2011: a year of positive regulations4 min read . Updated: 27 Dec 2011, 09:07 PM IST
2011: a year of positive regulations
2011: a year of positive regulations
The second half of 2011 saw a sudden rush of changes in the small savings space. Recommendations made by the Shyamala Gopinath committee to make small savings scheme market linked got accepted and implemented from December this year. The rate of interest on various small savings instruments is now pegged to the government securities (G-sec) rates of similar maturities. But don’t worry, you don’t have to track G-secs or worry about changing rates through the year. The government will announce the rate of returns on small savings instruments once a year on or before 1 April.
PPF retains its edge
PPF returns are now 25 bps more than the 10-year maturity G-secs. This means PPF will give a quarter of a percentage point more than the average yield on 10-year G-secs during the preceding calendar year. For the current fiscal the rate is 8.6% against 8% earlier. Thus, the contribution you make this year as well as the entire previous balance would earn 8.6% interest during the current fiscal. Currently PPF has an undisputed edge over other small savings instruments because of the tax breaks. Your investment in PPF qualifies for a tax deduction up to ₹ 1 lakh of section 80C of the Income-tax Act. On withdrawal the maturity corpus is tax exempt. A 8.6% risk free, tax free rate makes PPF a first choice in your debt portfolio. What if interest rates fall? “Mostly in a high inflationary situation, yields on G-secs rise due to the fear that the Reserve Bank of India would intervene and may increase policy rates. Accordingly, the rates offered on small savings instrument would be higher during rising inflation scenario. In contrast, during low inflation period, yields on G-secs fall and so would the interest rate offered on small savings instruments," says Satkam Divya, business head, Rupeetalk, a NetAmbit Venture. But whether rates go up or down, at any given point in time, PPF would still remain the best product because of the spread and tax incentive. The other good news is that you can now invest another ₹ 30,000 in PPF as the limit has been raised from ₹ 70,000 to ₹ 1 lakh from this fiscal year.
Also see | The changes (PDF)
Senior citizens get a 1% boost, but MIS loses some steam
The vehicle for retirement money, the Senior Citizen Savings Scheme (SCSS) has got the biggest boost. You now get a 100 bps more than the G-sec rate and for the current fiscal the rate is unchanged at 9%. This scheme is meant for individuals above 60 years of age. It is a five-year investment vehicle meant to provide an income stream coming every quarter at the specified rate of interest. On maturity it returns the principal. Your investment qualifies for a deduction under section 80C. However, the income is taxable. Given that specified five-year bank fixed deposits (FDs) get the same tax treatment, choose between SCSS and bank FDs to pick the one with higher interest rate. Right now five-year bank FDs are clear winners as they give 10% return. The post office monthly income scheme now gets 25 basis point more than the five-year G-secs and does not compare well with bank FDs and SCSS. Accordingly, the returns have been fixed at 8.2% for the current year. Also, as per the recommendations the bonus of 5% on maturity has gone and now the tenor is five years instead of six years.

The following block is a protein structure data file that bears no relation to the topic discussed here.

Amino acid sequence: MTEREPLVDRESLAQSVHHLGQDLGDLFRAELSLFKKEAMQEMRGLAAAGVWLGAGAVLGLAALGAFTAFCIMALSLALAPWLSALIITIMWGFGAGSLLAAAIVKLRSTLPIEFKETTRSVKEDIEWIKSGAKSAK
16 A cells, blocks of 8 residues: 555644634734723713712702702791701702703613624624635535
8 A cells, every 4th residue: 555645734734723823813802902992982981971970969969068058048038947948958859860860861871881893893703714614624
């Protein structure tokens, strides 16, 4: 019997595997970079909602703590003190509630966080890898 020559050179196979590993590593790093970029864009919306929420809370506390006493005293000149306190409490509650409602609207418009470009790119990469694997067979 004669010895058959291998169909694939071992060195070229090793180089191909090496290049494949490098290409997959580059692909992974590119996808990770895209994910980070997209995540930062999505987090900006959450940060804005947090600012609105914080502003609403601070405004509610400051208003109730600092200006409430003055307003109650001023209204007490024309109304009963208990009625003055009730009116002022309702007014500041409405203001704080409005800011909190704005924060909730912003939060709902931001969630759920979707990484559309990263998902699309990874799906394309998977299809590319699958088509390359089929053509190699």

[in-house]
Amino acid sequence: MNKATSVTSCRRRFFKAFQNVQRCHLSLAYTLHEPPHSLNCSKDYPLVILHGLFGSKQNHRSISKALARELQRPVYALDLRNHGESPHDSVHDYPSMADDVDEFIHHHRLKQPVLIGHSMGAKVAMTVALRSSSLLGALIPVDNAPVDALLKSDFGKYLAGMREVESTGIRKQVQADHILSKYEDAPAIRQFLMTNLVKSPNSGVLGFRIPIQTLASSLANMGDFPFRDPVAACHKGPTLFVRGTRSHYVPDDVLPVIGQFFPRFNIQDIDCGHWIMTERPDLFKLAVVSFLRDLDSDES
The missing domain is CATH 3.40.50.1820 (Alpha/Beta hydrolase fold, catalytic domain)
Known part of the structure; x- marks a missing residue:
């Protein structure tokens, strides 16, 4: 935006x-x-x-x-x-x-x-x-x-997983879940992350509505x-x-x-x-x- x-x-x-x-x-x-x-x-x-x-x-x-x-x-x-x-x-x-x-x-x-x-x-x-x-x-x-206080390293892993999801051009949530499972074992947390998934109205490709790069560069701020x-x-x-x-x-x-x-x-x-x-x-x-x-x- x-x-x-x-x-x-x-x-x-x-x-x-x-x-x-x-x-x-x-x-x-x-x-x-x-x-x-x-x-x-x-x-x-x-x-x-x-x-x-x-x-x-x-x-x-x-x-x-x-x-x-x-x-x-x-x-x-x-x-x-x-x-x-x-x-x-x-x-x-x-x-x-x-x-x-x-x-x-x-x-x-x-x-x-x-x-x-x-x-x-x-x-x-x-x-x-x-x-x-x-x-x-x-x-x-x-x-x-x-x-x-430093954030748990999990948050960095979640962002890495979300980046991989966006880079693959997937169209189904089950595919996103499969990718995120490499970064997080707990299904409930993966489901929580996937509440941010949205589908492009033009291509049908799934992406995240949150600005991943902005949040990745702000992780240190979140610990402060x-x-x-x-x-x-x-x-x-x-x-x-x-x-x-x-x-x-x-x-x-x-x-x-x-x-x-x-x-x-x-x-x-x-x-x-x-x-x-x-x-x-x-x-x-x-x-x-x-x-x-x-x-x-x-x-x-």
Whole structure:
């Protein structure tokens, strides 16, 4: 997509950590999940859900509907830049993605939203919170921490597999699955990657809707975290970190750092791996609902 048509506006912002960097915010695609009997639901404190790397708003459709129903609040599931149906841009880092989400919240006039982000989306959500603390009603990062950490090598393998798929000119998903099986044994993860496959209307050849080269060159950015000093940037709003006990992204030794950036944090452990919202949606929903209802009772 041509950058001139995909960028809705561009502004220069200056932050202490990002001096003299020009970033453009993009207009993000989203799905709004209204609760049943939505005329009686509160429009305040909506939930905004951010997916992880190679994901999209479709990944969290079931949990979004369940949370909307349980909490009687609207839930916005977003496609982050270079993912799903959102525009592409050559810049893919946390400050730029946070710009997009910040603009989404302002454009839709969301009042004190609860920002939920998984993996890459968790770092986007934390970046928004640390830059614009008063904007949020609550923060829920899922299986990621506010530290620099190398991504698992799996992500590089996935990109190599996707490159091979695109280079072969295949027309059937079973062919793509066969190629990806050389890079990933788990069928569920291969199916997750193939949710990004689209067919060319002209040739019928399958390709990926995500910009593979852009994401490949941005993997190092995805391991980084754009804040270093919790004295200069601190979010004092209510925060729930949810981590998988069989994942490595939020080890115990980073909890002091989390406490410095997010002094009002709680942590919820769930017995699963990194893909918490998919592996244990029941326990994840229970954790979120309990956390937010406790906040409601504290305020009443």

Other investment products
The government has done away with Kisan Vikas Patra (KVP) mainly on account of its vulnerability to be misused as it is a bearer like instrument. In a bearer instrument the presenter walks away with money. There were fears that KVP was being used for money laundering.
Also in order to give you more long-term options, the government has introduced a new National Savings Certificate (NSC) for 10 years. The returns on newly launched 10-year NSC has been benchmarked to 10-year G-secs with positive mark-up of 50 bps. For this year, the rate is 8.7% per annum. The tenor of the older NSC has been reduced from six years to five years now. The returns on the five-year NSC would be benchmarked to average yield of five-year government bond with a positive spread of 25 bps. During 2011-12, you would get 8.4% per annum against 8% earlier. The investments in NSC qualify for a deduction under section 80C. However, on maturity you need to pay tax.
The post office time deposits are now market linked as well. To improve flexibility, you now have the option of premature withdrawal. But if you opt for premature withdrawal, you would be paid 100 bps less than the time deposits of comparable maturity. Also, if the premature withdrawals are made between 6 and 12 months of investment, you would be paid post office savings account interest rate, which is now 4% per annum. In comparison, the practice among banks varies widely. While, most banks deduct premature withdrawal penalty of 0.5-2% from the rate applicable for the period deposit has remained with the bank or the contracted rate, whichever is lower, some banks such as State Bank of India do not charge any premature withdrawal for deposits of up to a particular period. Also, currently banks deposits are offering higher rate than post office FDs.
The reforms in the small savings scheme was long overdue and has brought much needed transparency in these schemes. The interest rate on all these instruments for the current fiscal year have either gone up or has remained at its earlier level. However, while investing keep in mind that rates may move either way depending upon the macroeconomic situation.
Illustration by Jayachandran / Mint